The Ute Mountain Reservation in the Four Corners region of the American Southwest contains some of the most spectacular and numerous prehistoric archaeological sites in the country. Compared to Mesa Verde National Park, which borders the reservation to the northeast, sites are similar in composition and size but are generally less well understood and preserved. Phase I of this project consisted of recording and mapping three archaeological sites and completing an initial condition assessment of the standing architecture. The results indicate that the three sites varied in date and function, from the middle of the Pueblo II period (A.D. 1075 to 1125) to the late Pueblo III period (A.D. 1225-1280), painting a complex picture and raising a number of questions with regard to community, politics, history and functionality. In order to achieve further understanding and effectual preservation of these on-reservation cultural resources, the Tribe proposes developing 3-D models of each site that can be experienced and appreciated by Tribal members and future generations in perpetuity.

Northern Arapaho Tribe

St. Stephens, Wyoming

Mapping the Wind River Reservation

As nomadic high plains Native People, the Northern Arapaho lived sustainably as explorers and caretakers of their ancestral and migratory territories. Today they are committed to protecting their traditional lifeways and cultural resources by safeguarding their religion, land, language and tribal law. To this end, they have embraced technology to assist in cultural preservation by establishing a GIS database in order to map the 2.2 million acres of the Wind River Reservation. This will enable the Tribe to identify and protect sacred sites, human remains, grave sites and burials and traditional cultural grounds.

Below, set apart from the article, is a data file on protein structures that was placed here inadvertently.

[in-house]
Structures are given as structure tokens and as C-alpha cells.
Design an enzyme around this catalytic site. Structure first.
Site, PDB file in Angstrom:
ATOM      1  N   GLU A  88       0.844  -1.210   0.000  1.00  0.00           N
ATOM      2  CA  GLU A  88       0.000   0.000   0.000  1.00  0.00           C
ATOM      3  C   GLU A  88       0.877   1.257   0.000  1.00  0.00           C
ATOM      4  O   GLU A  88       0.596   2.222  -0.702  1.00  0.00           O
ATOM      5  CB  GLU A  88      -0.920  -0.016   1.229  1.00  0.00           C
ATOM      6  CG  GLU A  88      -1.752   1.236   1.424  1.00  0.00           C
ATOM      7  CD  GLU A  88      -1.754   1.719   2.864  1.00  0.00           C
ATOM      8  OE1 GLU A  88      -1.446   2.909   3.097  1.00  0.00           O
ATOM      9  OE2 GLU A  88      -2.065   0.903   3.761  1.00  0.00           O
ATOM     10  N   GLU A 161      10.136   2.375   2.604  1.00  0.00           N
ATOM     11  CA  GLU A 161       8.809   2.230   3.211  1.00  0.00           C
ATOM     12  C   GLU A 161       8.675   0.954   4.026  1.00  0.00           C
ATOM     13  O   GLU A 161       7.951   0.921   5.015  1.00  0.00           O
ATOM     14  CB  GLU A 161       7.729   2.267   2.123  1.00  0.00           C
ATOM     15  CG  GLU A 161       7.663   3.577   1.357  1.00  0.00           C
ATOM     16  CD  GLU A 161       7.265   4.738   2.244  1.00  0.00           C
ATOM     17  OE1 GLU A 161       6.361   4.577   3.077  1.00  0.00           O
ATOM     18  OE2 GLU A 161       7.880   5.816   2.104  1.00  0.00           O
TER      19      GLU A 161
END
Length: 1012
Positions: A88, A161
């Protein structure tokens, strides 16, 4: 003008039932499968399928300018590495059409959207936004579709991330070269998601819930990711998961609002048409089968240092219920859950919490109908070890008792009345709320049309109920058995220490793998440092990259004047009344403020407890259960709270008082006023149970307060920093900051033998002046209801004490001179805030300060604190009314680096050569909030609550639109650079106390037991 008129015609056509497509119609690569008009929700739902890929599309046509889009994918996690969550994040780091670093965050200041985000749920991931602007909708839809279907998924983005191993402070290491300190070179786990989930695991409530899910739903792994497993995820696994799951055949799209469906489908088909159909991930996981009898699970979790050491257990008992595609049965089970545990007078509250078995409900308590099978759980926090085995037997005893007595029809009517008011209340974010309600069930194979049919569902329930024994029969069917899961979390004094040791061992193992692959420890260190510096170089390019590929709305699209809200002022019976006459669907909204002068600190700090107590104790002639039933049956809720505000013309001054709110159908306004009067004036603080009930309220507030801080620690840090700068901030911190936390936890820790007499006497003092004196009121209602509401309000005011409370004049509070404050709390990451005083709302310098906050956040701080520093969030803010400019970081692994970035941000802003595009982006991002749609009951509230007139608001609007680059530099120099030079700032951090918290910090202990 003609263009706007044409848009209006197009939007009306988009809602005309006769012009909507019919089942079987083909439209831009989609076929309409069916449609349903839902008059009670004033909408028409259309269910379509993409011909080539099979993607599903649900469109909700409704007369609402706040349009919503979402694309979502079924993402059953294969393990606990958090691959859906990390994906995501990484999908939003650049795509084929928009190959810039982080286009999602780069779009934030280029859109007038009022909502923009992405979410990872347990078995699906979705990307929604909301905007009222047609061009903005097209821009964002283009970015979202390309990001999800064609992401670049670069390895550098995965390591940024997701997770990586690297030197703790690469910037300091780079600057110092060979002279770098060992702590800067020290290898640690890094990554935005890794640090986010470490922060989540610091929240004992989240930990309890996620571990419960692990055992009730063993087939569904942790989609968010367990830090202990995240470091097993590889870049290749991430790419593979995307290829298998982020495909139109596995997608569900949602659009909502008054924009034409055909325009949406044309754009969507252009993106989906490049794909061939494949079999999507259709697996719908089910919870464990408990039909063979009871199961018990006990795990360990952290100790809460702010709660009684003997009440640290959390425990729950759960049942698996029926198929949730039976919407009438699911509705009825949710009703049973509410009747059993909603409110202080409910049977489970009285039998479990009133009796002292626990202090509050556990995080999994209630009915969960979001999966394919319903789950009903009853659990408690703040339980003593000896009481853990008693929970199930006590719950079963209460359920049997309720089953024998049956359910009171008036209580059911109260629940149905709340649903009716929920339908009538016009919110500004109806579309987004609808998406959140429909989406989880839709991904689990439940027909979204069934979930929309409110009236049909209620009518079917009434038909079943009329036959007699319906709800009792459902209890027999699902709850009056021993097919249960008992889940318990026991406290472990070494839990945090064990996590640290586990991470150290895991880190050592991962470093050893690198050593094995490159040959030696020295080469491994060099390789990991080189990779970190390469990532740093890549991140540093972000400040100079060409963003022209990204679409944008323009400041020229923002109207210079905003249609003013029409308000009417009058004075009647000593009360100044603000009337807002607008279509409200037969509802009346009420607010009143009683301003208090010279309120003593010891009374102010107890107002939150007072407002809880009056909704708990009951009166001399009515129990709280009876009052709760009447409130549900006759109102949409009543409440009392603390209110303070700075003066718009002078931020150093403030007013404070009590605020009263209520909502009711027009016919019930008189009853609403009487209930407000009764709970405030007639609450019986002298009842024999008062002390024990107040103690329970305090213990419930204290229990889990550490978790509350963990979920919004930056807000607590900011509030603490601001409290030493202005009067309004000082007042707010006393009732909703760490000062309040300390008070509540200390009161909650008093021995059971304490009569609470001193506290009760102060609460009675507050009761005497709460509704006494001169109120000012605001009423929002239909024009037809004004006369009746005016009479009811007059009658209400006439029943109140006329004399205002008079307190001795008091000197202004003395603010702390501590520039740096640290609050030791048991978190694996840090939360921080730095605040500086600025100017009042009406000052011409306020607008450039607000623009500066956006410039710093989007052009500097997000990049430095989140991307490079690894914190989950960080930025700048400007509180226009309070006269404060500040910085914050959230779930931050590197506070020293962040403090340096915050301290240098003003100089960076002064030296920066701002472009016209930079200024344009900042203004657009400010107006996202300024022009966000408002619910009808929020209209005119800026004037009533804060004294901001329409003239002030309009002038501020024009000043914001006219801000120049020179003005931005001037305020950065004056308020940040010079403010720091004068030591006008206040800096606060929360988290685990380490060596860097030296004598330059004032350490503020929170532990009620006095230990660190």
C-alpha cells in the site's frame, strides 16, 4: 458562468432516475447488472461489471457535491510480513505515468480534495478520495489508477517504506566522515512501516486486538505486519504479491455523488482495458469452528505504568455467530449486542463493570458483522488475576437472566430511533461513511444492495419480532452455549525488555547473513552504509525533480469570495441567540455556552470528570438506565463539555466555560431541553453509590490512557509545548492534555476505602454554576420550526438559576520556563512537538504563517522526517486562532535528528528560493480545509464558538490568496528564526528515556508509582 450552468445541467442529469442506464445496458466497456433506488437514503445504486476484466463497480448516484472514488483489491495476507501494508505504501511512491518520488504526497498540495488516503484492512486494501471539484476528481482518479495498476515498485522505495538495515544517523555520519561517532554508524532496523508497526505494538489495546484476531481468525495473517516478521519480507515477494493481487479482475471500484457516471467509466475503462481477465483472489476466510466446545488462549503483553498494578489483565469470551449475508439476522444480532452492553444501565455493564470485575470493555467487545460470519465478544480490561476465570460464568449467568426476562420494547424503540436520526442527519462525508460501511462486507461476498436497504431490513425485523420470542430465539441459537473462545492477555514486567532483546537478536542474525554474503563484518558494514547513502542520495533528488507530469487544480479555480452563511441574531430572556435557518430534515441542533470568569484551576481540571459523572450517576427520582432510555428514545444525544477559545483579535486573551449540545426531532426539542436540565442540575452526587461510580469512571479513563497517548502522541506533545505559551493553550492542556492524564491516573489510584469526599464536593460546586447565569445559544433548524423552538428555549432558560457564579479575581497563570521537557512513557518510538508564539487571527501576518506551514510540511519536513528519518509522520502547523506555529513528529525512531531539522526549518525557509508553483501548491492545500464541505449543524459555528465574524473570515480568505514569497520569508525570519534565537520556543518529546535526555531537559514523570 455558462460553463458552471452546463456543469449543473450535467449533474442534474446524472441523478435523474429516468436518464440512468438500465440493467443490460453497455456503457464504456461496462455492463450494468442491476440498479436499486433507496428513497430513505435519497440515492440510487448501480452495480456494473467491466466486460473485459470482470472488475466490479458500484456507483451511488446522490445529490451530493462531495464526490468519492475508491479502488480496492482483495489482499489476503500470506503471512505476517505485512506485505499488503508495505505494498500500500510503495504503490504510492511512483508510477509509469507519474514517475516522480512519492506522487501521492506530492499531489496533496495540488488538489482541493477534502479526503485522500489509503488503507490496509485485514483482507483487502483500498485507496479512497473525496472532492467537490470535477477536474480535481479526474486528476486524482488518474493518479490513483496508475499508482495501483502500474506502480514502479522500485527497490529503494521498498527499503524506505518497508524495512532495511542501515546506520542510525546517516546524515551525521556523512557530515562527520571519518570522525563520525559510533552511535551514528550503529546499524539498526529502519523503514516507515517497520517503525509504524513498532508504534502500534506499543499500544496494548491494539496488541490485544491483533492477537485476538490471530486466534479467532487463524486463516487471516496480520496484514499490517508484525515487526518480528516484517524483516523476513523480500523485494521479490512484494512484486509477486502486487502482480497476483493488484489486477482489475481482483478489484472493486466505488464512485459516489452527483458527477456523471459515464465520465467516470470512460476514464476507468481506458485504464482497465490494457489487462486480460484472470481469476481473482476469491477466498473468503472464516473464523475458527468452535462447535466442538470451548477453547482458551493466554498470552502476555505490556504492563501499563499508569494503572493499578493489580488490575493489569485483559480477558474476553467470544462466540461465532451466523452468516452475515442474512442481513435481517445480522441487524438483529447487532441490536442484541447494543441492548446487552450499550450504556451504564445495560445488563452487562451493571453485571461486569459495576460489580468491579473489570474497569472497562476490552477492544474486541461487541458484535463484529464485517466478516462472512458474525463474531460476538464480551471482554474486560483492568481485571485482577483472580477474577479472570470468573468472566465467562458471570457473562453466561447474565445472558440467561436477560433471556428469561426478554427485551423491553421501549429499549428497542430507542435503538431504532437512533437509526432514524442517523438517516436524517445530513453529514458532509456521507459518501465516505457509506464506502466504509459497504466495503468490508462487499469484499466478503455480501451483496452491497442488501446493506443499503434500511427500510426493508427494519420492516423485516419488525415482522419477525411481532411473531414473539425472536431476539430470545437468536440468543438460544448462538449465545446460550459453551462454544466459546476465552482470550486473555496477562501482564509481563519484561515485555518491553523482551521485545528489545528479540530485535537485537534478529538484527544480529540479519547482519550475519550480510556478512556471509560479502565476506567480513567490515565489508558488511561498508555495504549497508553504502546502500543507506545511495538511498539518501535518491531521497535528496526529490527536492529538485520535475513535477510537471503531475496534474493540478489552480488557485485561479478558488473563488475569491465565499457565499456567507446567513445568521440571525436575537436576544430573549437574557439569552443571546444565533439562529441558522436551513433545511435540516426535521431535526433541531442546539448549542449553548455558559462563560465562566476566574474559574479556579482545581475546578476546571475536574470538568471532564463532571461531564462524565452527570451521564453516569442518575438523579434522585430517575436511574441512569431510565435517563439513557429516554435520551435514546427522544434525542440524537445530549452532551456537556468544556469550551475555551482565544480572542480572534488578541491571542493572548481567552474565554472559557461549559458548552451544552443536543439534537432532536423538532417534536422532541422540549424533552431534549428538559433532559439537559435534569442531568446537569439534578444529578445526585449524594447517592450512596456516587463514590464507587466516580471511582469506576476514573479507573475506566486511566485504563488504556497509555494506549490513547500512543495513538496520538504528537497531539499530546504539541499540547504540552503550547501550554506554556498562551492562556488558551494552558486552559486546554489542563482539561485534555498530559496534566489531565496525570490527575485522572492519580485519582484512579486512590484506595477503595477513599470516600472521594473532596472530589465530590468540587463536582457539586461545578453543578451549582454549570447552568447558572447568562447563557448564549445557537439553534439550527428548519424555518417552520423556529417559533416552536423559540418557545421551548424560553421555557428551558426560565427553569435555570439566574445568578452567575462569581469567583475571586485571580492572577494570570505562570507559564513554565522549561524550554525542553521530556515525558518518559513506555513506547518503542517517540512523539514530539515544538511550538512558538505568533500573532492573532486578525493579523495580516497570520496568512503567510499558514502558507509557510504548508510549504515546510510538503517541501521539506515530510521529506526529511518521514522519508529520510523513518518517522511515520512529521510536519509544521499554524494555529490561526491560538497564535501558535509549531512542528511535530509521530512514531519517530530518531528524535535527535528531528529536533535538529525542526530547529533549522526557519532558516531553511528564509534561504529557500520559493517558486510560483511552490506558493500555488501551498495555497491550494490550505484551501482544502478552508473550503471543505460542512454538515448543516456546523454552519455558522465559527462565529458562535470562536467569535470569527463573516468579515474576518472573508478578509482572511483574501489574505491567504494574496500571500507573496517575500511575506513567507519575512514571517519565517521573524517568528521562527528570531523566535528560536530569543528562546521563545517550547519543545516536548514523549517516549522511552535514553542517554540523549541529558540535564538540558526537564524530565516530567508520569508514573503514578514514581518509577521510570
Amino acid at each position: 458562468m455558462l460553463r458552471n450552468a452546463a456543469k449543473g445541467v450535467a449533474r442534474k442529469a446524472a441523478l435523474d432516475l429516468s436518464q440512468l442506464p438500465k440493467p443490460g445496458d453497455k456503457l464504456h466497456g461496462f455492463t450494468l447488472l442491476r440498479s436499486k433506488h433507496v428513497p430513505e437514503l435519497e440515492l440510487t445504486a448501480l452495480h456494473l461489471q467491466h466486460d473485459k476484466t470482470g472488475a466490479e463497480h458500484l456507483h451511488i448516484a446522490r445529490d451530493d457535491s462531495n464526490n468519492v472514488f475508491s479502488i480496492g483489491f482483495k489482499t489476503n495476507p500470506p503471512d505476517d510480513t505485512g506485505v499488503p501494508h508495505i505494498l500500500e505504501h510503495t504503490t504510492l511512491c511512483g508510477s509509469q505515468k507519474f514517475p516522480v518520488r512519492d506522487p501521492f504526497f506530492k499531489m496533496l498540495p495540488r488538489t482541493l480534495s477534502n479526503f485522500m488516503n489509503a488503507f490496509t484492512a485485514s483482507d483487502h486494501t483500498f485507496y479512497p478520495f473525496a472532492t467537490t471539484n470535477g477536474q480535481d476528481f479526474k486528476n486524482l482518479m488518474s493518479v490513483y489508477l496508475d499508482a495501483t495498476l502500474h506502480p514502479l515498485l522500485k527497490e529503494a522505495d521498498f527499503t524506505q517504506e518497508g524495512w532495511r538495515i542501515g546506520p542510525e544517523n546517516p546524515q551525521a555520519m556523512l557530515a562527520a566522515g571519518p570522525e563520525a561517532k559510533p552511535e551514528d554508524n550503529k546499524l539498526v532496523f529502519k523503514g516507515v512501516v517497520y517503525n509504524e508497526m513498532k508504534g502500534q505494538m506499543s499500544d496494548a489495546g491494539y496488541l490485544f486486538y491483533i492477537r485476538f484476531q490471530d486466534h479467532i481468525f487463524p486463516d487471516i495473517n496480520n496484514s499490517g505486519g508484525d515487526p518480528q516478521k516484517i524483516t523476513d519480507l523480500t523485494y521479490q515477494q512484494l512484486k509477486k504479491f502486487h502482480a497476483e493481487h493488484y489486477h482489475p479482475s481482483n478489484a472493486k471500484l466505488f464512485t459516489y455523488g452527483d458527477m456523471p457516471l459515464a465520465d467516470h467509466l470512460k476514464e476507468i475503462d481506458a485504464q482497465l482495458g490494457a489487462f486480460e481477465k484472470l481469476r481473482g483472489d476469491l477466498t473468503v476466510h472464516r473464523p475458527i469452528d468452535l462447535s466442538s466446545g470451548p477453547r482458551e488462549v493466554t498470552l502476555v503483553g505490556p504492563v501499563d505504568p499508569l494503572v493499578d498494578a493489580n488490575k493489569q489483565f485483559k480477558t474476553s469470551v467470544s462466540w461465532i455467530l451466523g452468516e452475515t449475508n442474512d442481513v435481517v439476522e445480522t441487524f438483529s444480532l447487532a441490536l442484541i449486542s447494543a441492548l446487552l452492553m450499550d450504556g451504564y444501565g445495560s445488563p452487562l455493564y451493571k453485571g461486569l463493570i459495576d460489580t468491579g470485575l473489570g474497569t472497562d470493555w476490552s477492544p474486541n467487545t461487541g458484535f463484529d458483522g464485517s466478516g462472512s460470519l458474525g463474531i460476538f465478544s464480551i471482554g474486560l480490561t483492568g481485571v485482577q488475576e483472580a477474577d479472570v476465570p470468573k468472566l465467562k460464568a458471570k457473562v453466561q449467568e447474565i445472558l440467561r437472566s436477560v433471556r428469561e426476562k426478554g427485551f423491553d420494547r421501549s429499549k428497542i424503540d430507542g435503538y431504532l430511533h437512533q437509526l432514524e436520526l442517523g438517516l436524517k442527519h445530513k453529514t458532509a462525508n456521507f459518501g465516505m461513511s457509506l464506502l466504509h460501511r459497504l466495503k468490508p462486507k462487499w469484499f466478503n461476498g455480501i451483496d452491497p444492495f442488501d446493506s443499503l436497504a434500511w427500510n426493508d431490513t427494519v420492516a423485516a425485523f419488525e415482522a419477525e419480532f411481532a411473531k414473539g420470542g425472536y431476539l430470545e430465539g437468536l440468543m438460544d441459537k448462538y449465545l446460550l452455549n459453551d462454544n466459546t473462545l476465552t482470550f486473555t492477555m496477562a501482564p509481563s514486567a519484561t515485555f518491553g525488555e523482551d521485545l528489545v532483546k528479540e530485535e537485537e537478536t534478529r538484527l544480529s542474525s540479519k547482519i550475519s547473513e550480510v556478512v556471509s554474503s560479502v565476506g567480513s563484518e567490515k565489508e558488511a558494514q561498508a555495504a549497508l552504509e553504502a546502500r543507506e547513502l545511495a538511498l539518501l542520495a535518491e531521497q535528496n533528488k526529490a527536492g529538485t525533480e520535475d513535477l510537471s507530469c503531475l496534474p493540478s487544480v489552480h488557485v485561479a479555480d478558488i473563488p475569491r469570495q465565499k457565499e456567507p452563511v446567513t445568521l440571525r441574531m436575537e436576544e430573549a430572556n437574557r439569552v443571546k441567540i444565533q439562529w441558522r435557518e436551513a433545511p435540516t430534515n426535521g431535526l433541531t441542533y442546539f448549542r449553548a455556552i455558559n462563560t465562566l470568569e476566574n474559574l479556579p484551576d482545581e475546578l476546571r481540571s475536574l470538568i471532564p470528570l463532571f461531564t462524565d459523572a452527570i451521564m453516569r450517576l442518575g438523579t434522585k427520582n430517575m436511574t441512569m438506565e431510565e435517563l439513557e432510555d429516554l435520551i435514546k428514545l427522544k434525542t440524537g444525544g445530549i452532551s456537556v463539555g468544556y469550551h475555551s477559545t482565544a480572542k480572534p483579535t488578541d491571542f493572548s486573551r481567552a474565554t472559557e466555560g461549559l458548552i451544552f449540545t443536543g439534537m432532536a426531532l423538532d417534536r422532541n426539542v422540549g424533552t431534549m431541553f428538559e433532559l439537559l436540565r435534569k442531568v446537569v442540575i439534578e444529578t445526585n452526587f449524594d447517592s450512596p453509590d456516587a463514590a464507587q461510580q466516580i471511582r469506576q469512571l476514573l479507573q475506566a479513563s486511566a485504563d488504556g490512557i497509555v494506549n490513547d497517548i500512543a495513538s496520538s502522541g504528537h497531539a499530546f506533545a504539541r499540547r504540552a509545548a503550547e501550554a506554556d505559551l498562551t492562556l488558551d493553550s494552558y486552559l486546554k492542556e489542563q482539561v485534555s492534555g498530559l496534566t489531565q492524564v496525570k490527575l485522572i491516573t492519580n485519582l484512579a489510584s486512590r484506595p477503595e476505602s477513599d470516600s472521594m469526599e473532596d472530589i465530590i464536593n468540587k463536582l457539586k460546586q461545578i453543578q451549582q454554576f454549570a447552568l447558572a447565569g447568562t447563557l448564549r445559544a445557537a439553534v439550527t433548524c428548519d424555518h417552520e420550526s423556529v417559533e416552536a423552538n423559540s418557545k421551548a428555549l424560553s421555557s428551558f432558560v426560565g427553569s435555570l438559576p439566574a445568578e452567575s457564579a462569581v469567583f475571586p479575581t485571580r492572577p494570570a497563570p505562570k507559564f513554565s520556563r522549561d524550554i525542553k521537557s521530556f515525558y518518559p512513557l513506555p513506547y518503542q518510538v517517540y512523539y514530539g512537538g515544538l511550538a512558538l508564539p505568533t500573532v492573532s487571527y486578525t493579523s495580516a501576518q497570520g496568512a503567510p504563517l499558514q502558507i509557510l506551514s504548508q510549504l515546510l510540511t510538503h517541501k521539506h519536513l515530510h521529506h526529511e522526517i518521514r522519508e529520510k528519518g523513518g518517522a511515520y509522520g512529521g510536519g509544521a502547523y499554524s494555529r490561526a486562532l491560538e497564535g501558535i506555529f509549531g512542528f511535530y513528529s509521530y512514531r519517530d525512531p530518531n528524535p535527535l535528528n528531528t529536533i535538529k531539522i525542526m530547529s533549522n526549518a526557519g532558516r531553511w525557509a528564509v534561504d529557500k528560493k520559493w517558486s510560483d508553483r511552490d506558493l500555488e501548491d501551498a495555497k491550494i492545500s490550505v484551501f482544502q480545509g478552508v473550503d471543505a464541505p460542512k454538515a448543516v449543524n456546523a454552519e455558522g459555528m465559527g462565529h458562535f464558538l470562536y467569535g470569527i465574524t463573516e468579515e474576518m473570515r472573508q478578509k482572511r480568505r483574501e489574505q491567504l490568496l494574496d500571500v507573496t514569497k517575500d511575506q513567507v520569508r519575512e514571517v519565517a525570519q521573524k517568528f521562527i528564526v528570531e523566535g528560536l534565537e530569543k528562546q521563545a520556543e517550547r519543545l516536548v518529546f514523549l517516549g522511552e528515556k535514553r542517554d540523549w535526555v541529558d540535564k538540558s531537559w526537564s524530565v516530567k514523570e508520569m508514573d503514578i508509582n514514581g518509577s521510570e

Keweenaw Bay Indian Community

Baraga, Michigan

Pow-Wow Grounds Improvement Project

The L’Anse Indian Reservation, located on Keweenaw Bay on Lake Superior, is both the oldest and largest reservation in Michigan, with its Ojibwa ceremonial grounds located along the shores of Lake Superior. The traditional pow-wow, Keweenaw Bay Maawanji-iding, promotes cultural preservation, education and traditional Ojibwa knowledge. Replacement of the deteriorating pow-wow ceremonial arbor will provide shelter for the drummers and protection of sacred ceremonial materials while enhancing the structure with carved pillar elements representing the four sacred directions and major clans – Marten, Bear, Fish and Eagle.

Thlopthlocco Tribal Town

Okemah, Oklahoma

Going Home Project

The deep history of complex indigenous cultures in the southeastern United States is reflected in the land, national parks and monuments, museum collections and in the collective memories of present day descendants who were forcibly removed to Indian Territory, where they now endeavor to maintain their traditions and cultural lifeways. Thlopthlocco tribal members had not stood on the soil of their homeland in 100 years. The Going Home Project enabled 30 elders, youth and family members to return to their original tribal lands in southeastern Alabama; to walk on their land, feel their ancestors’ strength and courage, experience the sense of belonging, of being at home. The grant will also support continued study of Thlopthlocco tribal history and culture.

Tunica-Biloxi Tribe

Marksville, Louisiana

Tunica Language Project